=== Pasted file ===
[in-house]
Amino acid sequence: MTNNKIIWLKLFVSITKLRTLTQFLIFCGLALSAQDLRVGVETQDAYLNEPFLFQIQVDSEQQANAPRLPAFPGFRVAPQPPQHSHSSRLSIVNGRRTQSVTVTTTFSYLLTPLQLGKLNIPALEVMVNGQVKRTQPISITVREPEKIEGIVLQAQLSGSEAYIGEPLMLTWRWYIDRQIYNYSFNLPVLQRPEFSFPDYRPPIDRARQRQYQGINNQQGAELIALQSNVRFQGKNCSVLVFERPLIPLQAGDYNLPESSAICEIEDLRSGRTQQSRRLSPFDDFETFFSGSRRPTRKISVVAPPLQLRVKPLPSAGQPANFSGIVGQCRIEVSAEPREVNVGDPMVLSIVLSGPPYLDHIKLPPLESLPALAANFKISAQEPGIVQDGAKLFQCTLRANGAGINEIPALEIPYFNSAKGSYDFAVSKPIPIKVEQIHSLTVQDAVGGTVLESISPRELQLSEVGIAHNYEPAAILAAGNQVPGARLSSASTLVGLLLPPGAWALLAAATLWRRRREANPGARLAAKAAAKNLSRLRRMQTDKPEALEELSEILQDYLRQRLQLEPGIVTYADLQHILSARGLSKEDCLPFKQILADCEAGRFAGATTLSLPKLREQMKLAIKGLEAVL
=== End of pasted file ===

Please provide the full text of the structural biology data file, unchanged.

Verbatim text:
[in-house]
Amino acid sequence: MTNNKIIWLKLFVSITKLRTLTQFLIFCGLALSAQDLRVGVETQDAYLNEPFLFQIQVDSEQQANAPRLPAFPGFRVAPQPPQHSHSSRLSIVNGRRTQSVTVTTTFSYLLTPLQLGKLNIPALEVMVNGQVKRTQPISITVREPEKIEGIVLQAQLSGSEAYIGEPLMLTWRWYIDRQIYNYSFNLPVLQRPEFSFPDYRPPIDRARQRQYQGINNQQGAELIALQSNVRFQGKNCSVLVFERPLIPLQAGDYNLPESSAICEIEDLRSGRTQQSRRLSPFDDFETFFSGSRRPTRKISVVAPPLQLRVKPLPSAGQPANFSGIVGQCRIEVSAEPREVNVGDPMVLSIVLSGPPYLDHIKLPPLESLPALAANFKISAQEPGIVQDGAKLFQCTLRANGAGINEIPALEIPYFNSAKGSYDFAVSKPIPIKVEQIHSLTVQDAVGGTVLESISPRELQLSEVGIAHNYEPAAILAAGNQVPGARLSSASTLVGLLLPPGAWALLAAATLWRRRREANPGARLAAKAAAKNLSRLRRMQTDKPEALEELSEILQDYLRQRLQLEPGIVTYADLQHILSARGLSKEDCLPFKQILADCEAGRFAGATTLSLPKLREQMKLAIKGLEAVL